Located along Nakuru-Marigat road, sits a precious resource that is often painted pink by the huge flamingo population-Lake Bogoria- A lake that is more of an educational tool than a tourist resource.
Lake Bogoria, formerly known as Lake Hannington, positions itself as a unique marine ecology with an unusual array of microbes, hot springs and hosts millions of flamingos every year. Lake Bogoria is an alkaline lake considered to be twice as salty as seawater. That means fish cannot survive in it.
The primary attractions that mind boggles tourists in this lake are the geysers. Your journey will be incomplete if you don’t boil an egg.
The Environmental good
I find Lake Bogoria a gem, an environmental good that has not been exploited to the fullest. It is a resource that has the potential of creating a lot of jobs both directly and indirectly as well as generating revenue to the local community, county, and national governments.
With full exploitation comes the aspect of conserving and preserving the lake and the nearby environs to enhance sustainability.
Little has been done to expose the lake beyond word of mouth and individual recommendations. Despite the significance of the lake, there is not enough information to motivate both local and internal tourists to visit.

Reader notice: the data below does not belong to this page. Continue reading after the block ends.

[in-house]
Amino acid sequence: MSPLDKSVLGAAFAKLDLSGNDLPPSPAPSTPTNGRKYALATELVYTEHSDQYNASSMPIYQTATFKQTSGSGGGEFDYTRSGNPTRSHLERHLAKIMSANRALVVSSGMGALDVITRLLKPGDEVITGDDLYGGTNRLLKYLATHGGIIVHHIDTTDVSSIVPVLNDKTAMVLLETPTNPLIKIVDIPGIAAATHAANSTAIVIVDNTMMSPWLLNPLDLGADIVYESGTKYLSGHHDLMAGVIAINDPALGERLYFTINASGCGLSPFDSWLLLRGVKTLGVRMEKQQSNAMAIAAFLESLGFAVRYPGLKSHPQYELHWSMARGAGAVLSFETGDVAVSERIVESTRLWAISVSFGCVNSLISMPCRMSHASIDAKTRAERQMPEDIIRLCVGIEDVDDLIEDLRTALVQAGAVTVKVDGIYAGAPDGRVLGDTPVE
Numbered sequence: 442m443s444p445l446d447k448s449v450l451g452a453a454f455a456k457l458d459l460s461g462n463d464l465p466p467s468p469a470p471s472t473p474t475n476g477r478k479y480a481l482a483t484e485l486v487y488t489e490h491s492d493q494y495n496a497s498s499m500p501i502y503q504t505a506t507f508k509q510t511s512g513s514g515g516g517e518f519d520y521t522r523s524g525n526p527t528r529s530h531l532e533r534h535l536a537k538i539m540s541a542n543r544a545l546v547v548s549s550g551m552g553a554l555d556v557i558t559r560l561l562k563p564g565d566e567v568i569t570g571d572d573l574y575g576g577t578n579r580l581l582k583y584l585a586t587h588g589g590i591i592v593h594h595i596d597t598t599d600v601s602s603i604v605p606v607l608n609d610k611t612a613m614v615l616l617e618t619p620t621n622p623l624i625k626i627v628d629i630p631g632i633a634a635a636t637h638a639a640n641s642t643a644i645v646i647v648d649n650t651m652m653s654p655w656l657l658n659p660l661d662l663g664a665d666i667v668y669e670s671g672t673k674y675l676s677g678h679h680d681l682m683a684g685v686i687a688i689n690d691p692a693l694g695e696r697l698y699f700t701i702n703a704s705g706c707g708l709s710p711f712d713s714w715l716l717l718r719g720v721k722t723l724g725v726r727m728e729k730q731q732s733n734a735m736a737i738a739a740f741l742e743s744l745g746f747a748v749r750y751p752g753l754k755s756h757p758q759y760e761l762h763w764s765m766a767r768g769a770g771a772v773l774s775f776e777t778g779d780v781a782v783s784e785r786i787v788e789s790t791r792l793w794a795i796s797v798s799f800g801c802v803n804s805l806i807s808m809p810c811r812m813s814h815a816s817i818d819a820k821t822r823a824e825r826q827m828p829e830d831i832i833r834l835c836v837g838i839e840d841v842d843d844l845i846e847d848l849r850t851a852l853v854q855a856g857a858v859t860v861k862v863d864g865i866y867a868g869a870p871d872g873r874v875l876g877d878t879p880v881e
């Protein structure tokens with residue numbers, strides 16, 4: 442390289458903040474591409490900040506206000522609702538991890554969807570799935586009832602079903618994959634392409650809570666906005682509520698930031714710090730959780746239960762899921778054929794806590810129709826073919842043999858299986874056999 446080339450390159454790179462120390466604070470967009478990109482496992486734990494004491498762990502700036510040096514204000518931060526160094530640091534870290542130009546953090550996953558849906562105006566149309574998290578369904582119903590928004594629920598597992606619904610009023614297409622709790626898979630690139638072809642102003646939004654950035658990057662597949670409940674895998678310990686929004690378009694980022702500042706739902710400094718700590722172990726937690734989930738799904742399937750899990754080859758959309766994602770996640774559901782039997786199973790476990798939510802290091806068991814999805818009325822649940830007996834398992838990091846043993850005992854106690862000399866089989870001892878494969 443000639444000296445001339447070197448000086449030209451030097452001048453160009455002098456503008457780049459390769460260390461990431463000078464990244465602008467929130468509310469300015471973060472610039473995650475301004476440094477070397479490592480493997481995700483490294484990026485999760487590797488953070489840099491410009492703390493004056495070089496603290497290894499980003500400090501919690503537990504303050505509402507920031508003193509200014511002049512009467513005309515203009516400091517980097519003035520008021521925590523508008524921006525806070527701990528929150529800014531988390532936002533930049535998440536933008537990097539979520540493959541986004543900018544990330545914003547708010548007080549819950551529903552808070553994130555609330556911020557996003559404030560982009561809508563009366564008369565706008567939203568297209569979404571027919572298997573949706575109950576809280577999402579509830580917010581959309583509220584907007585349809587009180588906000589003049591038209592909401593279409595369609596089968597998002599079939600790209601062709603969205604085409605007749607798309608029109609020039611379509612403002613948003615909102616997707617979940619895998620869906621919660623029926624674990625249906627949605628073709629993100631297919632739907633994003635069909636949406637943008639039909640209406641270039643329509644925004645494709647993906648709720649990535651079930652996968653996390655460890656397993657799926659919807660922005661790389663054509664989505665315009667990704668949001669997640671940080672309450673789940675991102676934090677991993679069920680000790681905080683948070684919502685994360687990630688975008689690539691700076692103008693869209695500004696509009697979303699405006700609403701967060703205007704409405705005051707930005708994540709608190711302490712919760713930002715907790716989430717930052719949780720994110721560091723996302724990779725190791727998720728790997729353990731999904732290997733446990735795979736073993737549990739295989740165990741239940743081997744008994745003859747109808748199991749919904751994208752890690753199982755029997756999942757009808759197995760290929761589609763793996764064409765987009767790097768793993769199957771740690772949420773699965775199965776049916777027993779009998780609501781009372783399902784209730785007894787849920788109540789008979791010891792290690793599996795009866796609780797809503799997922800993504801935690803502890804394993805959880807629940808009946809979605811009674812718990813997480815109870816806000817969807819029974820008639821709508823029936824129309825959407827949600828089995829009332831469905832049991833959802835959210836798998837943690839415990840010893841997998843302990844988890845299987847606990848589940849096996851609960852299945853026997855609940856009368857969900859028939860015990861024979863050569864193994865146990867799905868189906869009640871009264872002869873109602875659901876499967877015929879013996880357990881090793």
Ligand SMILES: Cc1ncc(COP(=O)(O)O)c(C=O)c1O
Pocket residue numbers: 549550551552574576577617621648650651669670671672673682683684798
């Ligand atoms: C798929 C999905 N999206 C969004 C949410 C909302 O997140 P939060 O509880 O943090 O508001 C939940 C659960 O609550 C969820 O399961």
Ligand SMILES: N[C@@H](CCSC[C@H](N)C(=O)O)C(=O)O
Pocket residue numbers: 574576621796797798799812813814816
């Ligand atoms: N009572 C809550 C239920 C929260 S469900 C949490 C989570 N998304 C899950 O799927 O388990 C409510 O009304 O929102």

I must register my disappointment in the nature in which this critical resource is regarded. I expected to see the County Government of Baringo priding itself in the lake by marketing it far and wide.
I would have expected to see several people, locals, and foreigners visiting at this time when the flamingos are in plenty. It appears the majority of those visiting at the moment are educational institutions.
The sorry state of the road is the key disadvantage to many, particularly those using small vehicles-saloon cars, tuk-tuks, and motorbikes. The road is a dancing field composed of several potholes.
My plea goes to the county ministry of environment and natural resources, invest resources for marketing, improving the road networks, and facilitating the locals to showcase their cultural ornaments.
Within Lake Bogoria are the IlChamus (Njemps), Endorois, and Tugen communities whose identities are unique. Closeby are the Pokot and Turkana communities.
Create a mini-museum with a representation of each community defining Baringo County.
I am afraid Lake Bogoria might be the next victim to lose value if nothing is done to amplify its existence. Lake Baringo that hosts within it several islands but has gone off the radar.